Loss-making M6 Toll road could be bought by local councils
07 October 2016
Author: Daniel Puddicombe
Transport secretary Chris Grayling has indicated the M6 Toll road could be bought out by local councils.
The loss-making 27-mile road between Cannock and Coleshill in the Midlands originally opened in 2003 at a cost of £900m, but was taken over by a consortium of 27 banks in 2013 in a debt restructuring deal.
The road - which charges drivers £5.50 per journey and has an average usage of 52,462 vehicles per day, according to the latest traffic figures from the operators - has reportedly been put up for sale at cost in excess of £1bn.
According to Grayling, if the West Midlands Combined Authority - which is made up of Birmingham City Council, Coventry City Council, Dudley Metropolitan Borough Council, Sandwell Metropolitan Borough Council, Solihull Metropolitan Borough Council, Walsall Metropolitan Borough Council and the City of Wolverhampton Council - wanted to buy the road he would not stand in its way.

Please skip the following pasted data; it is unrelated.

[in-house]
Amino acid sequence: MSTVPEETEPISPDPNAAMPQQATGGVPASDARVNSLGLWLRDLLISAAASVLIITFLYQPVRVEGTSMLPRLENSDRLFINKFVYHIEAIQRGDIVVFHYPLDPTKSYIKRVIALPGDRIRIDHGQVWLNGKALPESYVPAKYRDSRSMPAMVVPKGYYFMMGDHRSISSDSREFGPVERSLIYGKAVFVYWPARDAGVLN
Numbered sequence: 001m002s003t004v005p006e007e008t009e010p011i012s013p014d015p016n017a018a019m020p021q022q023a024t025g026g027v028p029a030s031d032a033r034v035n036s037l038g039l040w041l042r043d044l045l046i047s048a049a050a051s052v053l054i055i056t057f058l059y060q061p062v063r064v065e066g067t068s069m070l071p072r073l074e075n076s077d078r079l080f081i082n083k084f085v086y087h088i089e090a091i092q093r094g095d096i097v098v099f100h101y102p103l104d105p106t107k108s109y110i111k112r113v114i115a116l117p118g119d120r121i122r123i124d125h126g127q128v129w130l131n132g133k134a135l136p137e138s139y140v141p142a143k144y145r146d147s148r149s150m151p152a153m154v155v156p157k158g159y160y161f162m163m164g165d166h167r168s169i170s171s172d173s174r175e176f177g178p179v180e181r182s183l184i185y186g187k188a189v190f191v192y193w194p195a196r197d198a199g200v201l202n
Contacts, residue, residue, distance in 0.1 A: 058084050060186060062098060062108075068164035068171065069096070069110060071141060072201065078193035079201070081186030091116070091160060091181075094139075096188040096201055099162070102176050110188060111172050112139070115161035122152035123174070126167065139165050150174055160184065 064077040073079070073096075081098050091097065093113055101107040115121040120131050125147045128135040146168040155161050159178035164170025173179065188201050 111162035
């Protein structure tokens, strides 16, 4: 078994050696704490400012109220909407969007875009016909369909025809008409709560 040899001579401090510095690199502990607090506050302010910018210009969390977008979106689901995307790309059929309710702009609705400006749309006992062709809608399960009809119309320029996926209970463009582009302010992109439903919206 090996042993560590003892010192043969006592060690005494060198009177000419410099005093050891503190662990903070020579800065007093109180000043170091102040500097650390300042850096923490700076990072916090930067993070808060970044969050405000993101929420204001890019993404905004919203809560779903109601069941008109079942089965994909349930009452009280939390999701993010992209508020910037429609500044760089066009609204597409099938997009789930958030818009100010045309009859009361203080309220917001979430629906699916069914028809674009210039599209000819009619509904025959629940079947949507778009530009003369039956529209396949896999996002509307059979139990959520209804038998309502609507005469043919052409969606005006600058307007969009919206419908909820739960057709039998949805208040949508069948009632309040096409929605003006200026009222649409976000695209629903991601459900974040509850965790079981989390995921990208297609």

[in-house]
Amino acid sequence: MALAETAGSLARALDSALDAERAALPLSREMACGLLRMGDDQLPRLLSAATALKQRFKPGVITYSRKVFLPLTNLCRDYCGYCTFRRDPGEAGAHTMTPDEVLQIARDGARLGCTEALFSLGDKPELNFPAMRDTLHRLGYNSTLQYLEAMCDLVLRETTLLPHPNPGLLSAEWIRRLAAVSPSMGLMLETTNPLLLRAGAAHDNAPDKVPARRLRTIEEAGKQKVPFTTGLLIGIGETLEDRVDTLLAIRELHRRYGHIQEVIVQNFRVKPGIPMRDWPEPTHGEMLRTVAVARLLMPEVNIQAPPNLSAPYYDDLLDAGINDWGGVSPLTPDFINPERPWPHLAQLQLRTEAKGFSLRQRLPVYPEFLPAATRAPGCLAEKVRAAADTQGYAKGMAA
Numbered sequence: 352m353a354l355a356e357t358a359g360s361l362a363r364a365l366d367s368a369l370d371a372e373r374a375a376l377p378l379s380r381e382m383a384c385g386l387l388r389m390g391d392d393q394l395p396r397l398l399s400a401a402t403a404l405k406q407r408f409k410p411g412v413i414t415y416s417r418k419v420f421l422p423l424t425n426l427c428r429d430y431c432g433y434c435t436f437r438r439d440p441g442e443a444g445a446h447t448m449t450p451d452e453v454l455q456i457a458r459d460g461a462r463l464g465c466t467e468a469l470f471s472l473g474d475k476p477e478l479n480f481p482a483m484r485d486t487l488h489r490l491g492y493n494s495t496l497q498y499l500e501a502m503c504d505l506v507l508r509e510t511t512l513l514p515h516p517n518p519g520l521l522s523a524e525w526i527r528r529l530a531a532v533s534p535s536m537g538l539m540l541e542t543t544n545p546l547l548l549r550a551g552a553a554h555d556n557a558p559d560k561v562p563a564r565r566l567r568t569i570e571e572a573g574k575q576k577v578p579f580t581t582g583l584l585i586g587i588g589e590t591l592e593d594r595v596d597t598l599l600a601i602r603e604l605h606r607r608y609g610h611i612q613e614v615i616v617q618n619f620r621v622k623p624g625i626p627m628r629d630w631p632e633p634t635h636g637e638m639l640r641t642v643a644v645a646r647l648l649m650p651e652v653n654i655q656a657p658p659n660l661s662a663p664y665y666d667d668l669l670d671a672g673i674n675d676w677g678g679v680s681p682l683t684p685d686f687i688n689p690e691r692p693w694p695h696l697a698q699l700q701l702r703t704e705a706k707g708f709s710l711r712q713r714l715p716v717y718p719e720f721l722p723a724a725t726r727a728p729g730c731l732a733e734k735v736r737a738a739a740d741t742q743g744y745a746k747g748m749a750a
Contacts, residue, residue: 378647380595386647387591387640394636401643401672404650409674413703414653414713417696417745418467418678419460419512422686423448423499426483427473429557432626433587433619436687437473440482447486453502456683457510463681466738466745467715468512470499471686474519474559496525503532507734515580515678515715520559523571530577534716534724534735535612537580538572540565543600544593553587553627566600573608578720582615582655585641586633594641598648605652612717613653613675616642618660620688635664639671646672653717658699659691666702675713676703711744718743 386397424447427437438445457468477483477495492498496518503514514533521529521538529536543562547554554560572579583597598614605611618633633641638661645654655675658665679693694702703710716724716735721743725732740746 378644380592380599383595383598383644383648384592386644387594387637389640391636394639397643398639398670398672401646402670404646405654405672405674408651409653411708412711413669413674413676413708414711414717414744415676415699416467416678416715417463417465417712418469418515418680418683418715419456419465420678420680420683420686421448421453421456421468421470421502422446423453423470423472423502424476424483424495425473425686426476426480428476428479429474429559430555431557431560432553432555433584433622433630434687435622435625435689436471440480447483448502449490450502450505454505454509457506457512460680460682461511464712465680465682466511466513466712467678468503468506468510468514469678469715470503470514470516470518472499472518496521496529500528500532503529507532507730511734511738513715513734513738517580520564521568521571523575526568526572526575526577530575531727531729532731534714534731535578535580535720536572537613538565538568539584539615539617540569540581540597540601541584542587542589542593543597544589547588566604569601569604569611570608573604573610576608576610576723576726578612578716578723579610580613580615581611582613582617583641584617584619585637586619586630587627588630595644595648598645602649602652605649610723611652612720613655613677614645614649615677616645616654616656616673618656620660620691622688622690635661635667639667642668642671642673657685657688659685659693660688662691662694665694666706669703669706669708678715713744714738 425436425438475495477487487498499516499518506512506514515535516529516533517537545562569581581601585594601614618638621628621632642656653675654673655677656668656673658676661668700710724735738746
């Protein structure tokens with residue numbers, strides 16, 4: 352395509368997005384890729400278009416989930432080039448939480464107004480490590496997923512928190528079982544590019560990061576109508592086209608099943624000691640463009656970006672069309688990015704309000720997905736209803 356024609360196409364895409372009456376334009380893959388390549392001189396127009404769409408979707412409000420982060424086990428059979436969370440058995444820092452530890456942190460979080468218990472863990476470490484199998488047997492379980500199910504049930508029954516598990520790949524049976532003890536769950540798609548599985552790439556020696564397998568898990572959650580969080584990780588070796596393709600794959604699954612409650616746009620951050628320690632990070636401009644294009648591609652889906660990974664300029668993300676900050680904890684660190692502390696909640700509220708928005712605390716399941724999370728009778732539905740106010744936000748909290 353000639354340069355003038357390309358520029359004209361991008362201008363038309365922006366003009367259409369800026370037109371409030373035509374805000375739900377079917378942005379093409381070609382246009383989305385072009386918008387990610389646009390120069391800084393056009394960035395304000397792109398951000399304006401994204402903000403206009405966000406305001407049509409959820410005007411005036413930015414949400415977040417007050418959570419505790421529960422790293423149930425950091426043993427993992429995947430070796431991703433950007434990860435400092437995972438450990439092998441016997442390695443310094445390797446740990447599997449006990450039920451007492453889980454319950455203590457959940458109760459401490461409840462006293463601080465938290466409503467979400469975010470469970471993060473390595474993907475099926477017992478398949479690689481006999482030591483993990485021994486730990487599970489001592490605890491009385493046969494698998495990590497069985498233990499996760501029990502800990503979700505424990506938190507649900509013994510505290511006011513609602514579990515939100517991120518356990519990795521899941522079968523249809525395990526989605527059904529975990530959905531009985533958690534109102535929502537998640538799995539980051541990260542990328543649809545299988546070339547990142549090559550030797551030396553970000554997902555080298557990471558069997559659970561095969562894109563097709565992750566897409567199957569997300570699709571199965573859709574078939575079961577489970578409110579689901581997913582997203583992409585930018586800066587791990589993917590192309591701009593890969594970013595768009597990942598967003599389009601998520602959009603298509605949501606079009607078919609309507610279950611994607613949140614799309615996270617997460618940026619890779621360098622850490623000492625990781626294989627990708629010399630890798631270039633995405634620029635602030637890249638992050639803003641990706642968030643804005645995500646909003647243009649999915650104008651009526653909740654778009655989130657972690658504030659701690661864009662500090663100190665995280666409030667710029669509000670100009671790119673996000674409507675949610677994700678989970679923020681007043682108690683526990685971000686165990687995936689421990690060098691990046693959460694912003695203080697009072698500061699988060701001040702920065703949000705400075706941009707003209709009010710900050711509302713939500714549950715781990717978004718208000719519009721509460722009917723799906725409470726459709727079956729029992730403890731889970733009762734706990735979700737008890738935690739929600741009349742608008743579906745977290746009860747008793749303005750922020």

"I have no philosophical objection to the combined authority to purchase the road," the transport secretary told local newspaper Express and Star.
But he added: "We have to bear in mind at a time when taxpayers' money is in short supply and we want to invest in infrastructure, are we better off spending the money on taking over something that is already there or investing in a new project?"
"The M6 Toll is an asset to the region, I understand why people want to buy it but there are other needs for infrastructure in the West Midlands, too," he said.
According to the paper, South Staffordshire MP Gavin Williamson previously mooted the idea of buying the road and held meetings with Government officials.
"A new approach has to be taken to the M6 Toll, which encourages people to use it. This would involve making it accessible and cheaper for people to use, which would provide a great benefit and significantly alleviate congestion on the M6 and access onto the M5," he told the paper.